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Displaying items by tag: Courtmacsherry

A pleasure boat with mechanical issues off the Seven Heads in West Cork prompted a launch by Courmacsherry RNLI’s all-weather lifeboat at the weekend.

The Trent class lifeboat Frederick Storey Cockburn — under coxswain Mark Gannon and a volunteer crew of five — set off on Saturday evening (18 September) to go to the aid of the 38ft pleasure boat with four on board, which was some seven miles offshore.

The lifeboat was on scene within half an hour and quick assessed the situation. A towline was attached to the disabled boat, and the lifeboat proceeded under tow at a safe speed to the nearest port of Courtmacsherry.

Courtmacsherry RNLI lifeboat operations manager Brian O’Dwyer said: “It is always better to act quickly at sea in freshening conditions and it was good that the boat’s skipper sought assistance this evening.

“Once again great credit goes to our crew in responding to our 23rd lifeboat call out so far in 2021.”

The lifeboat crew involved in the call out were coxswain Mark Gannon, mechanic Dave Philips and crew members Mark John Gannon, Donal Young, Peter Noonan and Paul McCarthy.

Published in RNLI Lifeboats

Courtmacsherry RNLI launched their all-weather lifeboat yesterday evening (Saturday 11 September) to go to the aid of a 21ft pleasure boat with engine failure off the Barrels Rocks near Garrettstown in West Cork.

Under coxswain Mark John Gannon and a crew of five, the Trent class lifeboat Frederick Storey Cockburn launched around 6pm and was quickly on scene with the casualty vessel, Alanna, which had been on passage from Courtmacsherry to Kinsale with two people and a dog on board.

With a strong southwest wind blowing towards the nearby rocks and shore cliffs, the decision was made to take the pleasure boat under tow to the nearest port of Courtmacsherry.

The casualty vessel was able to use its anchor to keep it away from the nearby breaking Barrel Rocks, and another pleasure boat stood by to provide safety backup until the lifeboat were in position to set up the tow.

Then at a slow and safe speed, the broken-down boat was brought to the safe surrounds of the harbour pontoon at Kinsale by 7.15 pm. The two crew from Alanna expressed their extreme thanks to all involved in he rescue.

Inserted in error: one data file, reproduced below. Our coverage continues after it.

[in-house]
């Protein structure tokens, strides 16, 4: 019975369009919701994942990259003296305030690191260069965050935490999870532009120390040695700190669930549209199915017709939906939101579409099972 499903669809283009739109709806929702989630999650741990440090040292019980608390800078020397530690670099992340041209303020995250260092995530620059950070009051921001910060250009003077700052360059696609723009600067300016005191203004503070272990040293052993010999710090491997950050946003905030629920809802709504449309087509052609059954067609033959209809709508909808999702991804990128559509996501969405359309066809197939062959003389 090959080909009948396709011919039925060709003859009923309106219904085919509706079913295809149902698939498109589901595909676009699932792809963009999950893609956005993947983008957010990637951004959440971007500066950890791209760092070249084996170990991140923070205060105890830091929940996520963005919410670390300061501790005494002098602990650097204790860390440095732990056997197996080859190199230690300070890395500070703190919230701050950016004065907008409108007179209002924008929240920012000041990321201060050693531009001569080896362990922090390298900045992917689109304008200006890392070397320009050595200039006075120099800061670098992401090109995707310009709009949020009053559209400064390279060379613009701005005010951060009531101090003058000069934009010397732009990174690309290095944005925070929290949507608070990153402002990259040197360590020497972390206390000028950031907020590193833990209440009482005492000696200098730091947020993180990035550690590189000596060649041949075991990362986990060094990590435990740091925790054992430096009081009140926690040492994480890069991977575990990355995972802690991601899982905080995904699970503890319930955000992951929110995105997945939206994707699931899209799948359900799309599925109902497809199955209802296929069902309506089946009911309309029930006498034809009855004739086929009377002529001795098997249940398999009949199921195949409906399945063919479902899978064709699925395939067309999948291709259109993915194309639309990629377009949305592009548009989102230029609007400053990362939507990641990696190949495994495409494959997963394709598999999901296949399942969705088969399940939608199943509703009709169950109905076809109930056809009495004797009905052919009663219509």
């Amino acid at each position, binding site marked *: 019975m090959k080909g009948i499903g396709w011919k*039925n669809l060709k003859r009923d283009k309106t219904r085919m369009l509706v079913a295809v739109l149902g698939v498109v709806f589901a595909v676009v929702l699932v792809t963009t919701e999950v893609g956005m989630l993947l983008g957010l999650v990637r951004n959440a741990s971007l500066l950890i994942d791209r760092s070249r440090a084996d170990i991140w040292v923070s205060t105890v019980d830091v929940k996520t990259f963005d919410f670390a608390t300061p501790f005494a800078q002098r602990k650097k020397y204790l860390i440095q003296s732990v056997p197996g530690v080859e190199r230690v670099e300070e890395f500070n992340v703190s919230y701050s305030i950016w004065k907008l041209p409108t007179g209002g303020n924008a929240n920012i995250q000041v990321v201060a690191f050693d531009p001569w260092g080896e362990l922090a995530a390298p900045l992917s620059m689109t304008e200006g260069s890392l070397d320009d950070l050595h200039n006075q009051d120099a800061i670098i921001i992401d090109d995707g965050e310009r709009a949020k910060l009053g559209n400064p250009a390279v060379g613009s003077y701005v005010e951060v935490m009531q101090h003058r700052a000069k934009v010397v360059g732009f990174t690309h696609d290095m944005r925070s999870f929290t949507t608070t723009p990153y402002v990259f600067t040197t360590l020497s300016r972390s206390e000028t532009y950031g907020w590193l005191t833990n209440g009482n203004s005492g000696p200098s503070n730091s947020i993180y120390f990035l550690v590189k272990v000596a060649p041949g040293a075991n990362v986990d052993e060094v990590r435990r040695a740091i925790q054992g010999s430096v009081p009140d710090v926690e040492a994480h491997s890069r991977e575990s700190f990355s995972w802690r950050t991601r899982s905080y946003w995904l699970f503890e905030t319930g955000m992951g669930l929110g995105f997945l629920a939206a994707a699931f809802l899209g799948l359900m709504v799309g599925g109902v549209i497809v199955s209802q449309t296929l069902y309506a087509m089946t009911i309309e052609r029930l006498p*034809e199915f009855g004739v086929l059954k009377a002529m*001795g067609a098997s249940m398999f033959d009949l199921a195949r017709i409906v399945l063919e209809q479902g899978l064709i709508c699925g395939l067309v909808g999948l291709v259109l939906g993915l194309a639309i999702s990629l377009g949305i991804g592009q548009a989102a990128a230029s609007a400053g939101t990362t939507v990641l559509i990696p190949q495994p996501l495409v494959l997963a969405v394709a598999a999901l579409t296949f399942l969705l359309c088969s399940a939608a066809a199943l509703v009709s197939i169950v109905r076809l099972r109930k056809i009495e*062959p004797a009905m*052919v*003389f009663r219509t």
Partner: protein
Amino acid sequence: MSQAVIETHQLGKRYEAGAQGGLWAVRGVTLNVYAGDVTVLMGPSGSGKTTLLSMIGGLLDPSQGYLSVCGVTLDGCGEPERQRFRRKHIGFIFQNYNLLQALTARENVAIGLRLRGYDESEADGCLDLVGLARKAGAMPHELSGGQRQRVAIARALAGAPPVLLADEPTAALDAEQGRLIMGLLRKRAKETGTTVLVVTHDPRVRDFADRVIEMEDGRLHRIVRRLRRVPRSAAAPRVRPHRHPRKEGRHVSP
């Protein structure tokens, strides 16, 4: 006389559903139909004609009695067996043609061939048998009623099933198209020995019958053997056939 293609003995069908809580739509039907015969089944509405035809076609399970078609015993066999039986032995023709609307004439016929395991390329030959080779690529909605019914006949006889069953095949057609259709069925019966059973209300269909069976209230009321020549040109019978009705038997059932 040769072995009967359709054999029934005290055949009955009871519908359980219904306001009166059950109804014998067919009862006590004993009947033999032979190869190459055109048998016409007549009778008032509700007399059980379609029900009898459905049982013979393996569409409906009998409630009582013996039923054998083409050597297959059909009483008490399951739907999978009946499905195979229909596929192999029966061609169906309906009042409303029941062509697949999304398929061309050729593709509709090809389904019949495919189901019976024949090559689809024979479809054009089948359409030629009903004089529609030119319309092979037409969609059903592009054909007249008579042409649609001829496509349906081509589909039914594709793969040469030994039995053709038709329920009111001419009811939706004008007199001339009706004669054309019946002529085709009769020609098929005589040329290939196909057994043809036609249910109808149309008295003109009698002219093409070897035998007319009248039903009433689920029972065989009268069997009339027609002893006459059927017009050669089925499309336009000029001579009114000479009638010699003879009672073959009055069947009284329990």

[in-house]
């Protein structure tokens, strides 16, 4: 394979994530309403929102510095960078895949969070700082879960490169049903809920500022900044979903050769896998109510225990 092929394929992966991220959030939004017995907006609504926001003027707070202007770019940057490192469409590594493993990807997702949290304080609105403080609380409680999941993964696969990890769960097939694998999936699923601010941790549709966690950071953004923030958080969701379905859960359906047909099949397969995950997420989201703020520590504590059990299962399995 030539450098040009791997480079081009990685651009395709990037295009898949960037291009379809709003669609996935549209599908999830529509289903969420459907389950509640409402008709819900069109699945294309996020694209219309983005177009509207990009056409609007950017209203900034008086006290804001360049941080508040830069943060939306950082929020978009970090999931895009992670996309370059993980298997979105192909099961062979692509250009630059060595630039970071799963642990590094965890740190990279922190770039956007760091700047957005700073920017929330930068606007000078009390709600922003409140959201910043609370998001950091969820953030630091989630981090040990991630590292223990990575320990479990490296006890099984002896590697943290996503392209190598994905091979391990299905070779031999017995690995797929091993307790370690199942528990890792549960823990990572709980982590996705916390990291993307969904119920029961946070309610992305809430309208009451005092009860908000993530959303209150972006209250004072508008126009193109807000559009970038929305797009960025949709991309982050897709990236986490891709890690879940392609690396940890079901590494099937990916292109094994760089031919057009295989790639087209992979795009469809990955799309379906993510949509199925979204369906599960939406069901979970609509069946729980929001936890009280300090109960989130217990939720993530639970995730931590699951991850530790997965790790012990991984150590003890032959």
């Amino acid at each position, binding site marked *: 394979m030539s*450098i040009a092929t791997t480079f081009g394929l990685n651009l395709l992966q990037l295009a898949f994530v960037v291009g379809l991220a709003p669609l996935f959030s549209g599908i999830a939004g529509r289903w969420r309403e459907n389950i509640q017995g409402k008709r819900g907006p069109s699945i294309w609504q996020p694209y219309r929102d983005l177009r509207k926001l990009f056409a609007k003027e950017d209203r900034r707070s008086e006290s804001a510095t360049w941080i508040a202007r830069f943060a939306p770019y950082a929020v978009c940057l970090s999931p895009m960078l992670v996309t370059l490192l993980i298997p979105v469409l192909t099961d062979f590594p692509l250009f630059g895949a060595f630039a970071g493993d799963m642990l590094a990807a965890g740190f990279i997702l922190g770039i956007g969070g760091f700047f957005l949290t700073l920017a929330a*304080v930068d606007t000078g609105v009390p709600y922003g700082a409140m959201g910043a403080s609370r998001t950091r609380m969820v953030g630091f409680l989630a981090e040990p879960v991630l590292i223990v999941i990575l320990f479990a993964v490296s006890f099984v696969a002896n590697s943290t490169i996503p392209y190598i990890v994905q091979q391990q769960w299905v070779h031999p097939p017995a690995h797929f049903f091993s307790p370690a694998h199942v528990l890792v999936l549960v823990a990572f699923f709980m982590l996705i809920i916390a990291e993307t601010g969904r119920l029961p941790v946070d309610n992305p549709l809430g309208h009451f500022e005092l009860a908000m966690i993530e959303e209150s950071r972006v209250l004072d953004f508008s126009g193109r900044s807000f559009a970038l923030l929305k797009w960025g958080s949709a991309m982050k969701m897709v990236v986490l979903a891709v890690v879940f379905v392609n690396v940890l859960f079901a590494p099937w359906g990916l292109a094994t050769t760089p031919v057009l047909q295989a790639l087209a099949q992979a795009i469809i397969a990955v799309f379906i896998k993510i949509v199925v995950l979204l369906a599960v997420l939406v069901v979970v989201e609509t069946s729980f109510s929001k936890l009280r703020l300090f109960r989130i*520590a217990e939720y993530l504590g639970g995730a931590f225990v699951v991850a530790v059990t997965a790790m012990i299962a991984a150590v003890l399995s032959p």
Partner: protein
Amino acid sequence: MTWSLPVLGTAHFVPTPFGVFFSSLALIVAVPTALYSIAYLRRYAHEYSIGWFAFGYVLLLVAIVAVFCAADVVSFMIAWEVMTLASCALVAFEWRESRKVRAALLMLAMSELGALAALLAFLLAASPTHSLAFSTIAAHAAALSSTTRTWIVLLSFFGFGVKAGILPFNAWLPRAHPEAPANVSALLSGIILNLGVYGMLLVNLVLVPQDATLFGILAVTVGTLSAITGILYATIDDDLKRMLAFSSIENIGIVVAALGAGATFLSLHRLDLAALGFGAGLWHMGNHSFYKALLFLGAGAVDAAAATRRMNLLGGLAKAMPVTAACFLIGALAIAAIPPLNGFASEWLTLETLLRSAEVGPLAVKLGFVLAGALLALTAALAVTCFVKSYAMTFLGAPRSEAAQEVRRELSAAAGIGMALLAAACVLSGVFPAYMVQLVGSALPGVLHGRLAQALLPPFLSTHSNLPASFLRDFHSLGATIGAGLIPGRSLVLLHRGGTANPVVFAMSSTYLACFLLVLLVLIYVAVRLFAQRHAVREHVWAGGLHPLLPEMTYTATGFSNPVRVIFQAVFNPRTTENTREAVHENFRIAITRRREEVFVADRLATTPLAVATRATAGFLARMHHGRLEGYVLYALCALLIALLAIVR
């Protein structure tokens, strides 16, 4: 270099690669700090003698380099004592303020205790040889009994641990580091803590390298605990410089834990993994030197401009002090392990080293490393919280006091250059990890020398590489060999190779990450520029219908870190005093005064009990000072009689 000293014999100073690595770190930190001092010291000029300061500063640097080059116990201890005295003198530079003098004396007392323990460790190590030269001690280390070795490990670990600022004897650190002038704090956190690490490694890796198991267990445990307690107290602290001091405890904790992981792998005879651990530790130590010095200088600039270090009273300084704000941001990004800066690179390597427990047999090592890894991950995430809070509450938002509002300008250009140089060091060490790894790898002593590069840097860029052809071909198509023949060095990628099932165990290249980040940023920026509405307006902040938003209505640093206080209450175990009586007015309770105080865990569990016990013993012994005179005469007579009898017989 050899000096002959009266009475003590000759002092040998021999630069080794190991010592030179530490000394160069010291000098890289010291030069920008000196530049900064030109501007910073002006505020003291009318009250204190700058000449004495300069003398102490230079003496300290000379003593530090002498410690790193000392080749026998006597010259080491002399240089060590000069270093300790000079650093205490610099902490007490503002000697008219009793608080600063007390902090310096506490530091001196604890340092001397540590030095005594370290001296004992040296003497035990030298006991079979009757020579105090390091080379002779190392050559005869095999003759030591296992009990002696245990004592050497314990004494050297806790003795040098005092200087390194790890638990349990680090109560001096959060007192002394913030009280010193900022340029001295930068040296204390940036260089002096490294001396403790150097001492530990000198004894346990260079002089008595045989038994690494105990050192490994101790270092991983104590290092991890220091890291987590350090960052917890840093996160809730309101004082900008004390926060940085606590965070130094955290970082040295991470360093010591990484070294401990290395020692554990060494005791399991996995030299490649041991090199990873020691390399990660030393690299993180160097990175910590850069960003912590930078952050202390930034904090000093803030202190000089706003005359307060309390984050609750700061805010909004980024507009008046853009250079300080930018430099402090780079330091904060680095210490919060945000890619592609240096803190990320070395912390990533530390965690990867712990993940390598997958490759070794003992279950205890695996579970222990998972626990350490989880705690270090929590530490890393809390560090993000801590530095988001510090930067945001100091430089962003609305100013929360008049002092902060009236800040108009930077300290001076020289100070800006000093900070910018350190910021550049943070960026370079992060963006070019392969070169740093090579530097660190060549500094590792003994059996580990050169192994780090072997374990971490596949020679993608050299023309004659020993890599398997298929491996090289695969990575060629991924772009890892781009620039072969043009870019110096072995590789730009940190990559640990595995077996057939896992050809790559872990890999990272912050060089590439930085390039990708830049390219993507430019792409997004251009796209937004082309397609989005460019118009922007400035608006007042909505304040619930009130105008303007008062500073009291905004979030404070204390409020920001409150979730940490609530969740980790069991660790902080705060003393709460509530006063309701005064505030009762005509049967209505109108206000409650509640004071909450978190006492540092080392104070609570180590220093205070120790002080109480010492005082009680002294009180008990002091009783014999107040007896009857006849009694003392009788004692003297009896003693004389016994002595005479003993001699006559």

Courtmacherry RNLI’s all-weather lifeboat and the pleasure boat with engine failure arrive safely into Courtmacsherry Harbour | Credit: RNLI/CourtmacsherryCourtmacherry RNLI’s all-weather lifeboat and the pleasure boat with engine failure arrive safely into Courtmacsherry Harbour | Credit: RNLI/Courtmacsherry

Courtmacsherry RNLI’s deputy launching authority Philip White said: “With winds blowing strongly towards the dangerous shoreline today, it was great to reach the causality quickly and perform a smooth rescue.

“Again, thanks to all the volunteers today, with some leaving their TV sets midway through the All Ireland football final to help others in trouble at sea.”

Along with coxswain Mark John Gannon, the volunteer crew involved in this callout were mechanic Chris Guy and crew members Donal Young, Dave Philips, Evin O’Sullivan and Jim O’Donnell.

Yesterday was supposed to be a well-earned rest and recovery day for O’Donnell as he had just completed a week-long climb of the Seven Peaks across the UK and Ireland on Friday, in aid of the emergency services including his beloved Courtmacsherry RNLI Lifeboat Station.

But he put the champagne on ice and ran to the station once his bleeper was activated.

Published in RNLI Lifeboats

A lone sailor was rescued after his boat suffers engine failure and a sail blow out off the Old Head of Kinsale.

The Courtmacsherry All-Weather Trent Class RNLI Lifeboat was called out this afternoon Tuesday at 2 pm to go to the aid of a 30-foot yacht with a lone sailor on board that got into difficulties two miles south-west of the Old Head of Kinsale in West Cork. The Courtmacsherry All-Weather Lifeboat, Frederick Storey Cockburn under Coxswain Sean O'Farrell and a crew of 5 were away quickly from their moorings, after being alerted by the Coastguard that the yacht had suffered engine failure and a sail blow out on passage from Glandore to Kinsale.

Once the Lifeboat reached the causality at 2.26 pm, Lifeboat Coxswain O'Farrell assessed the situation. As the casualty was completely disabled and conditions at sea were worsening, a decision was taken to put the Lifeboat towline on board the yacht and proceed under tow to the nearest port of Kinsale. Conditions at sea today were fresh and blustery Force 5 winds with strong 3 metre swells off the Old Head. The Lifeboat proceeded to tow the causality back to Kinsale at a slow, safe speed and arrived at the safe surrounds of the Harbour Marina at 4.30 pm. The sailor was mighty pleased to see the Lifeboat today and expressed his extreme thanks to all involved in today’s rescue.

The RNLI Lifeboat crewmembers under Coxswain Sean O'Farrell after they arrived back to base in CourtmacsherryThe RNLI Lifeboat crewmembers under Coxswain Sean O'Farrell after they arrived back to base in Courtmacsherry

The Courtmacsherry RNLI Lifeboat voluntary Deputy Launching Authority Vincent O'Donovan said, “With the freshening winds today, it was great to reach the causality so quickly and give the Lone sailor the comfort that he required. Great praise is due again for the fast response of all the crew and officers who left their workplaces and rushed to the station to help a fellow seaman in distress at sea this afternoon”.